Ohhey is right about people leaning on this stuff too. You can't make this stuff people-proof enough. Any square inch of space becomes a butt resting place.

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    #5
    themidiroom
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    RE: DIY Studio furniture 2007/12/28 15:03:28 (permalink)

    ORIGINAL: krizrox

    Ohhey is right about people leaning on this stuff too. You can't make this stuff people-proof enough. Any square inch of space becomes a butt resting place.

    That's why I went through the trouble of bolting my desk to the floor.

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    #6
    OffAnAirplane
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    RE: DIY Studio furniture 2007/12/28 15:53:32 (permalink)
    ORIGINAL: yep

    My experience is that big, broad, open work surfaces with more space than you think you will need work out best over time, while dense, space-efficient, cleverly-designed multi-platform purpose-made desks tend to reveal frustrating limitations in the real world (why anyone would want fixed-position desktop speaker stands is beyond me).

    In any case, whatever your budget and woodworking skill, be sure to check out places like staples and Ikea for regular old office desks before making a final decision. There is really very little difference between a good workbench and a good studio desk, and it is pretty easy to add racks, slide-out keyboard trays, speaker stands, and such if you really want them, and these sorts of add-ons that you attach to (or just sit on top of) the desk are movable if you change your mind, whereas purpose-made "studio desks" are often locked into whatever configuration looked best in the catalog on the day you decided to buy.

    My two cents.

    Cheers.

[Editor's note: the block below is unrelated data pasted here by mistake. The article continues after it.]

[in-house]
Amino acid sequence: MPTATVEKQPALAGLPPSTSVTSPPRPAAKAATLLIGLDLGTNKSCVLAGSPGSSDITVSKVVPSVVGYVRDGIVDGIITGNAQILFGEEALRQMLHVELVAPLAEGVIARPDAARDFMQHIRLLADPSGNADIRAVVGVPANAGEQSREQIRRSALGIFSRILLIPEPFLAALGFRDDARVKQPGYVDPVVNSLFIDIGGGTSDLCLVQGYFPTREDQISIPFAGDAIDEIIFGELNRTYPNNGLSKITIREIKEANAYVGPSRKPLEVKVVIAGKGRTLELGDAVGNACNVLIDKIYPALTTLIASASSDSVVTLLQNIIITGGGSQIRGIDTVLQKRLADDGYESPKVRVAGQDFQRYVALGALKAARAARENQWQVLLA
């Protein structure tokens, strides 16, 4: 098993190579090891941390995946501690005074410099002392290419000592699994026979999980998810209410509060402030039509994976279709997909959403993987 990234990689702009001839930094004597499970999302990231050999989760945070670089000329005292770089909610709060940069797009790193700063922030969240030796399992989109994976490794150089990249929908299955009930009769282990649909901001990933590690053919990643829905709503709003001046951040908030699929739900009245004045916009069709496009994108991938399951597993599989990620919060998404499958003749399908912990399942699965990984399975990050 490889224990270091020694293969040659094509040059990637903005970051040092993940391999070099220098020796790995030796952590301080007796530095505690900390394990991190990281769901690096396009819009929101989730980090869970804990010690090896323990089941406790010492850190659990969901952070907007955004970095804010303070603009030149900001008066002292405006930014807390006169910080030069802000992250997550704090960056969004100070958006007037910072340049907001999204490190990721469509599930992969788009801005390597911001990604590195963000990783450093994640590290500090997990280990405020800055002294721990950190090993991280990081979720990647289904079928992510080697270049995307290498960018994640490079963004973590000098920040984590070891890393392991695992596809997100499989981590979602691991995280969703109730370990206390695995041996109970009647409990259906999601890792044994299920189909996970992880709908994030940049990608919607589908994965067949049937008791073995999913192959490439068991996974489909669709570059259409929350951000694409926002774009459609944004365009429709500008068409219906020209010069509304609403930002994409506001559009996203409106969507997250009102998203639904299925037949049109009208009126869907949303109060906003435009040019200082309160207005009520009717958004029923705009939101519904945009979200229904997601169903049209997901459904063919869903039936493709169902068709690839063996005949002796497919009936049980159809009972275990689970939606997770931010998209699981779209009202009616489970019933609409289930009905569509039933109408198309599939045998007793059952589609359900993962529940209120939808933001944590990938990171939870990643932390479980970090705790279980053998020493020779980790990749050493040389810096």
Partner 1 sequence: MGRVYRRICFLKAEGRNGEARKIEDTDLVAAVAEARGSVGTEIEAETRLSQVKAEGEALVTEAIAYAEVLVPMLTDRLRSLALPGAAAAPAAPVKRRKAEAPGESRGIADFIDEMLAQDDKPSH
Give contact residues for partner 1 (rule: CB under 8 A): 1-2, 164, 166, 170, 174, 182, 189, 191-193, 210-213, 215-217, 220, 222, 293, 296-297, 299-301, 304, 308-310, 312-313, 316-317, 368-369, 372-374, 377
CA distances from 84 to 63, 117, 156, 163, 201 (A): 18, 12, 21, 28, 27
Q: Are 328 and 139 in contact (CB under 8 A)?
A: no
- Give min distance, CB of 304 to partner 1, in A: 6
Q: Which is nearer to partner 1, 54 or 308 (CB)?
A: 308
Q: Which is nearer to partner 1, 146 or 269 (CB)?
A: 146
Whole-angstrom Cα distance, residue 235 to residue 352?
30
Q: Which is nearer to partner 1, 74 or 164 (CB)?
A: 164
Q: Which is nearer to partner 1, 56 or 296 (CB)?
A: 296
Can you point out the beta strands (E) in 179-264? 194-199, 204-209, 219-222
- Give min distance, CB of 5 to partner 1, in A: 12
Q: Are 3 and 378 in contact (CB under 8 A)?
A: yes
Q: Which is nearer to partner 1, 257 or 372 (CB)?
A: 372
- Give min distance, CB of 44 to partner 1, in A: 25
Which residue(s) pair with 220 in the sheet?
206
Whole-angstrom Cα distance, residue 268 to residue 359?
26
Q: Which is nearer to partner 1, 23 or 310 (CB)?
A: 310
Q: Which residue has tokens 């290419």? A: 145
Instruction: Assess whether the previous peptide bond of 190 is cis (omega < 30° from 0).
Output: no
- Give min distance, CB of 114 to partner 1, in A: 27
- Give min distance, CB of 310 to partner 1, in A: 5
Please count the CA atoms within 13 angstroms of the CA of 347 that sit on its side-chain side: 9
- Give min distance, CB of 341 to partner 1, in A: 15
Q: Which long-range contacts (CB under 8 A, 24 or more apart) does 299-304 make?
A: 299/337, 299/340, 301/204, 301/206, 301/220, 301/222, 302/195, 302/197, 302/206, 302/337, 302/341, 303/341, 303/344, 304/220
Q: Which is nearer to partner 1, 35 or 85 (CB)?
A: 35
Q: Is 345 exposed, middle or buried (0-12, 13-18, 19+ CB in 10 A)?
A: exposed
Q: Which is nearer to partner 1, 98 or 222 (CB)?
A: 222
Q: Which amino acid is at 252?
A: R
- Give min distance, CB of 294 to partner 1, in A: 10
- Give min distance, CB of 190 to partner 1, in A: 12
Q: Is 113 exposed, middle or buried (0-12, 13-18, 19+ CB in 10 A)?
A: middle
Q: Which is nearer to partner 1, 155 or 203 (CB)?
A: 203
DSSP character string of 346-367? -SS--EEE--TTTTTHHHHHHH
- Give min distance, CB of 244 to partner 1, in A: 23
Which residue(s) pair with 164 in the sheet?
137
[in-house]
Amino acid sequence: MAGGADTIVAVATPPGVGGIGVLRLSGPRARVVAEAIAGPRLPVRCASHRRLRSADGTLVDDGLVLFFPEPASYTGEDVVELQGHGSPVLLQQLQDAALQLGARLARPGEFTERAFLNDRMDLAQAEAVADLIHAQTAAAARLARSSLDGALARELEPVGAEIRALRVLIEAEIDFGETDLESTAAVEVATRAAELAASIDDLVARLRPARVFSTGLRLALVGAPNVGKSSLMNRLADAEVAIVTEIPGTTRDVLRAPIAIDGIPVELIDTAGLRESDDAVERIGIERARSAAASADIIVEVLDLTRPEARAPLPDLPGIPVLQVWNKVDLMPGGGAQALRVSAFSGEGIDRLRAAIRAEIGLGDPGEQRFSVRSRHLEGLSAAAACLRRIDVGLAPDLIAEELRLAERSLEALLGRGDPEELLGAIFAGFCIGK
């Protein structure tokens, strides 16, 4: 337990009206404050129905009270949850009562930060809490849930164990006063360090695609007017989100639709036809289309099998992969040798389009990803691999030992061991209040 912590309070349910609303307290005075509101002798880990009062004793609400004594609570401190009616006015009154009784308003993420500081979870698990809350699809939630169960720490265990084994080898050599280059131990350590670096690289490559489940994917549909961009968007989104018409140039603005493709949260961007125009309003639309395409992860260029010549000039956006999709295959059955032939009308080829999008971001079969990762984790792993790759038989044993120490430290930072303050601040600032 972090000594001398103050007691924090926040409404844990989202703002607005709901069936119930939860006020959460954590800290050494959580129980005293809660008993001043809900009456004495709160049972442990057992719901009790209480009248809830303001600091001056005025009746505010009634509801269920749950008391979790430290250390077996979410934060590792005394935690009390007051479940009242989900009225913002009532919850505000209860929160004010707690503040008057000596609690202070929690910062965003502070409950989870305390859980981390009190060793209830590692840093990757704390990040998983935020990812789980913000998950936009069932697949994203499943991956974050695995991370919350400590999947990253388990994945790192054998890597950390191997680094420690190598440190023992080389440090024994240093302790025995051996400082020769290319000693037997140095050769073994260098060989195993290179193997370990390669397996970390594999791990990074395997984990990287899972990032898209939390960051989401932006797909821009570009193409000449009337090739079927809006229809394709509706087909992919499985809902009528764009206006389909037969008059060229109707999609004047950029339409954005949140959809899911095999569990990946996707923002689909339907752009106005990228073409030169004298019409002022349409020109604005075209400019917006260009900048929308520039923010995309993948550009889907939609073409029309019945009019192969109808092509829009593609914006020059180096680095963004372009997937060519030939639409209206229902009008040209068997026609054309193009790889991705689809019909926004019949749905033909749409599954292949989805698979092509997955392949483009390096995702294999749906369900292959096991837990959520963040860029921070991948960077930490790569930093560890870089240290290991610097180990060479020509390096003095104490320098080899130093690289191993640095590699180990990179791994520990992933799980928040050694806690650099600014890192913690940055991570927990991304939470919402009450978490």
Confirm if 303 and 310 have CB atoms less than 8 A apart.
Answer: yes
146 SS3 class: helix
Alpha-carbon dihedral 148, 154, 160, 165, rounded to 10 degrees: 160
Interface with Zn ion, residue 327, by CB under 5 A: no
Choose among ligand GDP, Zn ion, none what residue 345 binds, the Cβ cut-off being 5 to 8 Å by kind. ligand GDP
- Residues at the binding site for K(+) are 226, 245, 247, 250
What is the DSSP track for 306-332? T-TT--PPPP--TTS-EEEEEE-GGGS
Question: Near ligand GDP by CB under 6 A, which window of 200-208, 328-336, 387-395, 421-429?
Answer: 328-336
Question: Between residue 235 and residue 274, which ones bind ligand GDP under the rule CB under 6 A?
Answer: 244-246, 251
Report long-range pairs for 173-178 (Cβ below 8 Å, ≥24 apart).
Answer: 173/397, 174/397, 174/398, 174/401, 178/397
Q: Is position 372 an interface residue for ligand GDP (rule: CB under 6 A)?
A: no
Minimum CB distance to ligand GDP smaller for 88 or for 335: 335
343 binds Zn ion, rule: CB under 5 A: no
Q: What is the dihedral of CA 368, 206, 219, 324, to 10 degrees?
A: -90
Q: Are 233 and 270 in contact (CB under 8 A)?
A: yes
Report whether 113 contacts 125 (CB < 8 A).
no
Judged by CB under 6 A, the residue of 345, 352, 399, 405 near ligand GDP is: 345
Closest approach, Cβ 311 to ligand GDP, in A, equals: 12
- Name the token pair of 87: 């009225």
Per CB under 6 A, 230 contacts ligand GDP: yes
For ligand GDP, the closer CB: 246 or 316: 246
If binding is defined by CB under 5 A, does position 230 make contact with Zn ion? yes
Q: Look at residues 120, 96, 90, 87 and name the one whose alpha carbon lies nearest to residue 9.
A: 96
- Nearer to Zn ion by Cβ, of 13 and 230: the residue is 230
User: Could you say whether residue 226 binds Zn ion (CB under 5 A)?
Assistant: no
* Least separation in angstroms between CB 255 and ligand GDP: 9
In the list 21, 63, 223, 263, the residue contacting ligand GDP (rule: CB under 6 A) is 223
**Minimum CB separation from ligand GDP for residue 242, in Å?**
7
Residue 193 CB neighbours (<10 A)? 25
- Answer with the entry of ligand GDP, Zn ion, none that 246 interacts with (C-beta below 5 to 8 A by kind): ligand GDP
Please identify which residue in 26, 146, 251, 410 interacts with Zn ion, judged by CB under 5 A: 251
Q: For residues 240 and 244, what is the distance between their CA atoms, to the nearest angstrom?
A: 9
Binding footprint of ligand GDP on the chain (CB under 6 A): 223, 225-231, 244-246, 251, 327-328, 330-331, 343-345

+1

    And also, having done some woodworking in the past. I can tell you that if you really build this thing sturdy, you can actually spend more than it would cost to just buy one from IKEA or Staples, or whatever. And it may be worth it to you, but you'll have to decide that for yourself.

    Do your research. Go to Lowe's or Home Depot and see what the materials would cost. Also, do you have all the tools, saws, etc? If not, you have to figure that into your cost also.


    post edited by OffAnAirplane - 2007/12/28 16:07:57

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    #7
    rockoman
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    RE: DIY Studio furniture 2007/12/29 14:51:20 (permalink)
    Thanks for the awesome replies!!!! I do have my own tools so that's not going to be a prob. I will post pictures of whatever I decide to go with. The link Mandolin Picker provided has a lot of nice plans. I was looking at the project showcase and I must say I was amazed.
    Check it out: http://plans.thefrankes.com/Forum/viewforum.php?f=3 you don't need to be a member to view the photos.

    I will incorporate all your tips and suggestions. Thank you so much!
    post edited by rockoman - 2007/12/29 15:05:19

    It's not what we're doing, it's how you do it :)



    #8
    yep
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    RE: DIY Studio furniture 2007/12/29 15:14:57 (permalink)

    ORIGINAL: rockoman

    Thanks for the awesome replies!!!! I do have my own tools so that's not going to be a prob. I will post pictures of whatever I decide to go with. The link Mandolin Picker provided has a lot of nice plans. I was looking at the project showcase and I must say I was amazed.
    Check it out: http://plans.thefrankes.com/Forum/viewforum.php?f=3 you don't need to be a member to view the photos.

    I will incorporate all your tips and suggestions. Thank you so much!


    Some of those look very impressive, but functionally I'd still prefer a plain table with racks on castors to slide underneath.

    FWIW.

    Have fun whichever way you go.

    Cheers.
    #9
    gibsongs
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    Re:DIY Studio furniture 2012/01/12 08:32:52 (permalink)
     If you are intrested on "rolling your own" Goggle Sketchup is a great program to play in. It allows you to paint surfaces and do three dimensional walk arounds. It is also has things called Ruby Scripts which are plug ins to add features. http://sketchup.google.com/download/ gs
    #10
    Guitarhacker
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    Re:DIY Studio furniture 2012/01/12 09:06:02 (permalink)
    spammer dragging up old threads.....reported

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    gibsongs
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    Re:DIY Studio furniture 2012/01/12 13:23:05 (permalink)
     HUH???